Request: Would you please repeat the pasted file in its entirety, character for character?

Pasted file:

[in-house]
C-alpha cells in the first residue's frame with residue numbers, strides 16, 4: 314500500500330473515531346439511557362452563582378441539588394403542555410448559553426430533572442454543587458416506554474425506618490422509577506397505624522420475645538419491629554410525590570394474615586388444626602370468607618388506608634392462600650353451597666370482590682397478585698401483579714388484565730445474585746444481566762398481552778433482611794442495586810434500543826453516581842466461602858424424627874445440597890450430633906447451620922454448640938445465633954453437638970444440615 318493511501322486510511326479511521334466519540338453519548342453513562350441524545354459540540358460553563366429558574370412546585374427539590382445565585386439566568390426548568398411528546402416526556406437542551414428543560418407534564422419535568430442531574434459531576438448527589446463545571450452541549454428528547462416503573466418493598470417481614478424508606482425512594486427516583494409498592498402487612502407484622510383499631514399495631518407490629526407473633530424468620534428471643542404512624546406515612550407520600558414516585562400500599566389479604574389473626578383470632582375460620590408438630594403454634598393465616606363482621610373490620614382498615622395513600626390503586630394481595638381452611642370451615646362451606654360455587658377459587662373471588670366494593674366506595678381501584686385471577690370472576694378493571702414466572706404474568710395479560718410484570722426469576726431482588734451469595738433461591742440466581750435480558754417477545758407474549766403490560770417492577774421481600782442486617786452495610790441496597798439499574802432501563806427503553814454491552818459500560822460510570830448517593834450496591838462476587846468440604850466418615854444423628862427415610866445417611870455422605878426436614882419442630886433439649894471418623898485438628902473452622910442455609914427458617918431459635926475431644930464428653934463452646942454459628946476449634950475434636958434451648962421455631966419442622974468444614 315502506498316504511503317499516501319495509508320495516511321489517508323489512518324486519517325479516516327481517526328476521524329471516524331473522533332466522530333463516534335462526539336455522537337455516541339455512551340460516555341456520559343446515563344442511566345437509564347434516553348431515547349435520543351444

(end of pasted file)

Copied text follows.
[in-house]
C-alpha cells in the first residue's frame with residue numbers, strides 16, 4: 314500500500330473515531346439511557362452563582378441539588394403542555410448559553426430533572442454543587458416506554474425506618490422509577506397505624522420475645538419491629554410525590570394474615586388444626602370468607618388506608634392462600650353451597666370482590682397478585698401483579714388484565730445474585746444481566762398481552778433482611794442495586810434500543826453516581842466461602858424424627874445440597890450430633906447451620922454448640938445465633954453437638970444440615 318493511501322486510511326479511521334466519540338453519548342453513562350441524545354459540540358460553563366429558574370412546585374427539590382445565585386439566568390426548568398411528546402416526556406437542551414428543560418407534564422419535568430442531574434459531576438448527589446463545571450452541549454428528547462416503573466418493598470417481614478424508606482425512594486427516583494409498592498402487612502407484622510383499631514399495631518407490629526407473633530424468620534428471643542404512624546406515612550407520600558414516585562400500599566389479604574389473626578383470632582375460620590408438630594403454634598393465616606363482621610373490620614382498615622395513600626390503586630394481595638381452611642370451615646362451606654360455587658377459587662373471588670366494593674366506595678381501584686385471577690370472576694378493571702414466572706404474568710395479560718410484570722426469576726431482588734451469595738433461591742440466581750435480558754417477545758407474549766403490560770417492577774421481600782442486617786452495610790441496597798439499574802432501563806427503553814454491552818459500560822460510570830448517593834450496591838462476587846468440604850466418615854444423628862427415610866445417611870455422605878426436614882419442630886433439649894471418623898485438628902473452622910442455609914427458617918431459635926475431644930464428653934463452646942454459628946476449634950475434636958434451648962421455631966419442622974468444614 315502506498316504511503317499516501319495509508320495516511321489517508323489512518324486519517325479516516327481517526328476521524329471516524331473522533332466522530333463516534335462526539336455522537337455516541339455512551340460516555341456520559343446515563344442511566345437509564347434516553348431515547349435520543351444